Not all certified public accountants (CPAs) are the same when it comes to their services for the construction industry. There are a lot of construction business owners that don’t realize, the Internal Revenue Service (IRS) has its own code section for accounting for a construction company. A point oftentimes overlooked is the financial statements that a business owner doesn’t understand because of the complex requirements the IRS requires for construction accounting. The truth is, a lack of knowledge can do more harm than good.

Accounting on a grand scale requires the understanding of working capital, bonding capacities, miscalculated bank statements, improper indirect cost allocation, and payroll services. These inquiries can cost a business more money and lost opportunities. Below are seven reasons for utilizing a CPA that can increase revenues and how they specialize in construction accounting.

Revenues are calculated correctly by using the “percentage of completion method” that is mandated as an acceptable accounting principle by the IRS. Financial business statements will include all supplementary information and required contract schedules. Income statements and balance sheets will appropriately tie to the contract schedules. For the reason, financial business statements have to show the work in process and completed job revenue that equals the total contract revenue for the face value of the income statement. The same principals apply to costs as well.

Correct classifications and terminology are used with all financial business statements and they are unique to the construction industry. For instance, statements like estimated earnings, billings in excess of cost, and estimated earnings that are in excess of billings. Lost revenues due to uncompleted contracts that are recognized as being full at the time a determination is made for a loss on a job. What this means is, the financial damage is dealt with in a swift manner and not drug out over the span of the contract; furthermore, it prevents damage to your financial ratios in future contract periods. Financial business statements like retentions receivable, backlog, contract claims, profit/loss, and contract billing status are included disclosures provided by the CPA. There are a lot of different tax accounting methods that are available to the contractor and appropriate accounting methods that are used for tax purposes to match the income stream for the business.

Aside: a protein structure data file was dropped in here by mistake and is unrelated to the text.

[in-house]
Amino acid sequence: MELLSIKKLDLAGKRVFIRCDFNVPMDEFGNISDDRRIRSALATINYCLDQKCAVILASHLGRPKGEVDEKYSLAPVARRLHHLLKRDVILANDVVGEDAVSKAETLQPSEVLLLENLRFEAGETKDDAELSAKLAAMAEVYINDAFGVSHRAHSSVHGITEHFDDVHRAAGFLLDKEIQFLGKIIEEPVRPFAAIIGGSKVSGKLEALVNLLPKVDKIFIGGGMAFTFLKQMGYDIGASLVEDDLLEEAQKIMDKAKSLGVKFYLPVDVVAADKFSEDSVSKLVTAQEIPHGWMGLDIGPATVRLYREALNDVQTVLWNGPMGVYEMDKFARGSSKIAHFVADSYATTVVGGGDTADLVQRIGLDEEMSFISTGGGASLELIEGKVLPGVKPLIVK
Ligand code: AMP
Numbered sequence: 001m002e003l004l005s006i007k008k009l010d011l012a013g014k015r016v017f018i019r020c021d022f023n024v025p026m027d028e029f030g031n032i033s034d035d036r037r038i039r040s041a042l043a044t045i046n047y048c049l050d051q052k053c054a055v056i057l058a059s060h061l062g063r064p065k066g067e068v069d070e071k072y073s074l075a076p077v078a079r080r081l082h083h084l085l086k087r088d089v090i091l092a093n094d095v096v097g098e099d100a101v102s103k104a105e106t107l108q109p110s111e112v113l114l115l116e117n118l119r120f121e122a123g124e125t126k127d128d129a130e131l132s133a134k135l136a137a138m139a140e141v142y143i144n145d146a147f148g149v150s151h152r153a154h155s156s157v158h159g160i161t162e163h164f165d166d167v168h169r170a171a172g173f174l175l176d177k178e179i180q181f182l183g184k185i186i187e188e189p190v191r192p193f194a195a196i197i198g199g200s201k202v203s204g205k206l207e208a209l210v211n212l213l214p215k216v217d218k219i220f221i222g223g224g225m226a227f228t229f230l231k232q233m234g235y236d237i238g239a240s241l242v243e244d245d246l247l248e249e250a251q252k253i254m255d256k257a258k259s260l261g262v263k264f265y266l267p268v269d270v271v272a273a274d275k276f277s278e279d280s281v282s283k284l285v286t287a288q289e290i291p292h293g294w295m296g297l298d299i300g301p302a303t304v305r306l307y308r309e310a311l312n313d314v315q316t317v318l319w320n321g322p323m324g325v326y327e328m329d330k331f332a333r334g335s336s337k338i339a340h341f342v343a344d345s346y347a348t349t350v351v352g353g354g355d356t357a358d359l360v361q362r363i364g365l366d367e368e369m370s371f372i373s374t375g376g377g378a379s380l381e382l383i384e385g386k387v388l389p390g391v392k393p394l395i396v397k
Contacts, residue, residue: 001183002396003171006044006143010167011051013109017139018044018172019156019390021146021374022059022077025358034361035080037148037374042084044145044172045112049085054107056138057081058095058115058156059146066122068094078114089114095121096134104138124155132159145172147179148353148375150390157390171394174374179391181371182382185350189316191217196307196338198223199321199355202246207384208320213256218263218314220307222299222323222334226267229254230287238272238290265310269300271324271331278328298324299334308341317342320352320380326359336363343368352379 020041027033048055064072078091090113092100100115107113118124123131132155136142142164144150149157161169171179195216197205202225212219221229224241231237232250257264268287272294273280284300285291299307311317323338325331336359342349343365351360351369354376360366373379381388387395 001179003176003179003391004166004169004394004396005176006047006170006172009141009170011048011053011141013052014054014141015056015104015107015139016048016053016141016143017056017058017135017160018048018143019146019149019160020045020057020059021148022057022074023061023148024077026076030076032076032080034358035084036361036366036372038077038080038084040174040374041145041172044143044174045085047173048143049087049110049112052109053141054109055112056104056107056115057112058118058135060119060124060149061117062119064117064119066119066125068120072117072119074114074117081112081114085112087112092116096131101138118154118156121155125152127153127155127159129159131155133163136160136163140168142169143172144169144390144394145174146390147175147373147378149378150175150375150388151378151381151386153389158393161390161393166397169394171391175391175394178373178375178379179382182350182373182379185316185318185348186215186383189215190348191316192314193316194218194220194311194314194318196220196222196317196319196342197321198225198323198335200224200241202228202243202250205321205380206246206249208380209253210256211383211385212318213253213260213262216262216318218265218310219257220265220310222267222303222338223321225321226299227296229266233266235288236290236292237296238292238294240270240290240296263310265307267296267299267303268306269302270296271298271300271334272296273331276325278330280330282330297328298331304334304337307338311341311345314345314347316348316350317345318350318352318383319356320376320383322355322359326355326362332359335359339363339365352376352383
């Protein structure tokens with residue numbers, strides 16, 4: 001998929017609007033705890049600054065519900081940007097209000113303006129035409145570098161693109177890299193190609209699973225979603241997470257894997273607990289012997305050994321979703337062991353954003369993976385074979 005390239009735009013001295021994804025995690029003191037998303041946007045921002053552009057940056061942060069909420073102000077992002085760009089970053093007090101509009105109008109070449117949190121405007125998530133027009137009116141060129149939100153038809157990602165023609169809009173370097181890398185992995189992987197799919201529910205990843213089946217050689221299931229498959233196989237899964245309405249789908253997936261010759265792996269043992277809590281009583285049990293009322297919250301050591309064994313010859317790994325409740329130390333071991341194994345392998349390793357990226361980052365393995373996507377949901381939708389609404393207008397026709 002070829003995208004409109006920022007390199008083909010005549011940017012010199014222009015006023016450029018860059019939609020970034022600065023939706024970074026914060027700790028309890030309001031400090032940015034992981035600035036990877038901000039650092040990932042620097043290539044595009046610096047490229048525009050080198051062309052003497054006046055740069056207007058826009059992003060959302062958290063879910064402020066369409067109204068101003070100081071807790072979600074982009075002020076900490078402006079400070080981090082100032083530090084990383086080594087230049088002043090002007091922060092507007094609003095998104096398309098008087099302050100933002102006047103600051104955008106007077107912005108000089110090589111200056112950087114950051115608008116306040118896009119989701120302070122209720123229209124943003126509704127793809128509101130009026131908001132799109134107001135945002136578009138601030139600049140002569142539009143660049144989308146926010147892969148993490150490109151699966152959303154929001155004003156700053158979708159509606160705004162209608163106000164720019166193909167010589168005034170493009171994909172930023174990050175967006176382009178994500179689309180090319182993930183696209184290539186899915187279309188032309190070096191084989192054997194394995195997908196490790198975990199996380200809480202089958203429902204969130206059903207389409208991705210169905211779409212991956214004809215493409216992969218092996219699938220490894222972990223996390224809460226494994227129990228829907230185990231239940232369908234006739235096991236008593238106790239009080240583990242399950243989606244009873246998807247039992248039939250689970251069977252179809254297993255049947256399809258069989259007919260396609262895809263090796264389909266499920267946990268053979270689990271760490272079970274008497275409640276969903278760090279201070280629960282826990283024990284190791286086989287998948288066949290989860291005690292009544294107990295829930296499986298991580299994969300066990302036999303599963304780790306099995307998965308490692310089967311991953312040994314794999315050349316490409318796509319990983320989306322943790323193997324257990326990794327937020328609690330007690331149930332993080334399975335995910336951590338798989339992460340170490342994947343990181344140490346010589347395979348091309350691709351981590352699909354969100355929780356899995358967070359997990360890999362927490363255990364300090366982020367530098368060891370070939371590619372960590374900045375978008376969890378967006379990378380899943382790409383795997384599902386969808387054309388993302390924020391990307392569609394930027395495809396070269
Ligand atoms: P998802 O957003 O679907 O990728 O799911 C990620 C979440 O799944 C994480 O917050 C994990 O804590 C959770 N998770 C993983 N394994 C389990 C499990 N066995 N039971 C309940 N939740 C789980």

How to Evaluate a CPA for Your Business

A qualified construction-based CPA firm will have a specialized team of highly-trained individuals who specialize in the construction industry. They should be led by a shareholder or partner with professionals who areCCIFP certified. The CPA firm should also be a member of industry trade organizations like the Associated General Contractors (AGC), Associated Builders and Contractors (ABC), and other respected organizations in this sector. Once you make your decision on a CPA for your construction business, you will see a dramatic difference in the quality of financial statements and you will be sailing the waves to a more profitable business.